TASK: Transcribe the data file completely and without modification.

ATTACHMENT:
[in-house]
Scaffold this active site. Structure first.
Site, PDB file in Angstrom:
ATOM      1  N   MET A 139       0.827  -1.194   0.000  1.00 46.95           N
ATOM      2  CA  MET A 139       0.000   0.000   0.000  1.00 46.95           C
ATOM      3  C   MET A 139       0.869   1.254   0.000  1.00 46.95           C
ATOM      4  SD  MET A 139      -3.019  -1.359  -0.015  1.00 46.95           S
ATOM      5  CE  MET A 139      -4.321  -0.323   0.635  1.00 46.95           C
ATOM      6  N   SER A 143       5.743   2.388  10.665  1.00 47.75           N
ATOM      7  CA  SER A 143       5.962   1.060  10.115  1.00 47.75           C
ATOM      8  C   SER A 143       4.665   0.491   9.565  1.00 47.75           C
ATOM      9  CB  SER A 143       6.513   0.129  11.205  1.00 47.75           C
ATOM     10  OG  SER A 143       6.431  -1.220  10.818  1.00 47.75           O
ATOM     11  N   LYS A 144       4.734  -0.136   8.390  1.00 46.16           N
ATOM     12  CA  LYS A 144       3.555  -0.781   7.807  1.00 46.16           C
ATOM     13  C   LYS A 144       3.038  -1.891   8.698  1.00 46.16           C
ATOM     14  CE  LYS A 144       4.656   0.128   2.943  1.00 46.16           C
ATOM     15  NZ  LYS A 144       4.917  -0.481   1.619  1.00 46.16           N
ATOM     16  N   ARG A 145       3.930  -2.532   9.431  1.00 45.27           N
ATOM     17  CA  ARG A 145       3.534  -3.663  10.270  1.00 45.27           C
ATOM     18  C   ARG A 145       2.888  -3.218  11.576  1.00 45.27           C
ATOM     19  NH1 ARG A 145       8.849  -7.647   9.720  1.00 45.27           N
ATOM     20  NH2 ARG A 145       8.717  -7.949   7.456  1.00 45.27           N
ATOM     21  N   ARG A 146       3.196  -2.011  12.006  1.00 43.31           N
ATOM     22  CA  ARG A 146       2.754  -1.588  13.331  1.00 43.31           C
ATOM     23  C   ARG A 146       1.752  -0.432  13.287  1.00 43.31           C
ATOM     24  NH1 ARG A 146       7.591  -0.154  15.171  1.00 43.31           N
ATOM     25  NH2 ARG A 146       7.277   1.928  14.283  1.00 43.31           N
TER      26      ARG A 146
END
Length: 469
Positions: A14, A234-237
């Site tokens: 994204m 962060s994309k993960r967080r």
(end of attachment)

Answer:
[in-house]
Scaffold this active site. Structure first.
Site, PDB file in Angstrom:
ATOM      1  N   MET A 139       0.827  -1.194   0.000  1.00 46.95           N
ATOM      2  CA  MET A 139       0.000   0.000   0.000  1.00 46.95           C
ATOM      3  C   MET A 139       0.869   1.254   0.000  1.00 46.95           C
ATOM      4  SD  MET A 139      -3.019  -1.359  -0.015  1.00 46.95           S
ATOM      5  CE  MET A 139      -4.321  -0.323   0.635  1.00 46.95           C
ATOM      6  N   SER A 143       5.743   2.388  10.665  1.00 47.75           N
ATOM      7  CA  SER A 143       5.962   1.060  10.115  1.00 47.75           C
ATOM      8  C   SER A 143       4.665   0.491   9.565  1.00 47.75           C
ATOM      9  CB  SER A 143       6.513   0.129  11.205  1.00 47.75           C
ATOM     10  OG  SER A 143       6.431  -1.220  10.818  1.00 47.75           O
ATOM     11  N   LYS A 144       4.734  -0.136   8.390  1.00 46.16           N
ATOM     12  CA  LYS A 144       3.555  -0.781   7.807  1.00 46.16           C
ATOM     13  C   LYS A 144       3.038  -1.891   8.698  1.00 46.16           C
ATOM     14  CE  LYS A 144       4.656   0.128   2.943  1.00 46.16           C
ATOM     15  NZ  LYS A 144       4.917  -0.481   1.619  1.00 46.16           N
ATOM     16  N   ARG A 145       3.930  -2.532   9.431  1.00 45.27           N
ATOM     17  CA  ARG A 145       3.534  -3.663  10.270  1.00 45.27           C
ATOM     18  C   ARG A 145       2.888  -3.218  11.576  1.00 45.27           C
ATOM     19  NH1 ARG A 145       8.849  -7.647   9.720  1.00 45.27           N
ATOM     20  NH2 ARG A 145       8.717  -7.949   7.456  1.00 45.27           N
ATOM     21  N   ARG A 146       3.196  -2.011  12.006  1.00 43.31           N
ATOM     22  CA  ARG A 146       2.754  -1.588  13.331  1.00 43.31           C
ATOM     23  C   ARG A 146       1.752  -0.432  13.287  1.00 43.31           C
ATOM     24  NH1 ARG A 146       7.591  -0.154  15.171  1.00 43.31           N
ATOM     25  NH2 ARG A 146       7.277   1.928  14.283  1.00 43.31           N
TER      26      ARG A 146
END
Length: 469
Positions: A14, A234-237
């Site tokens: 994204m 962060s994309k993960r967080r």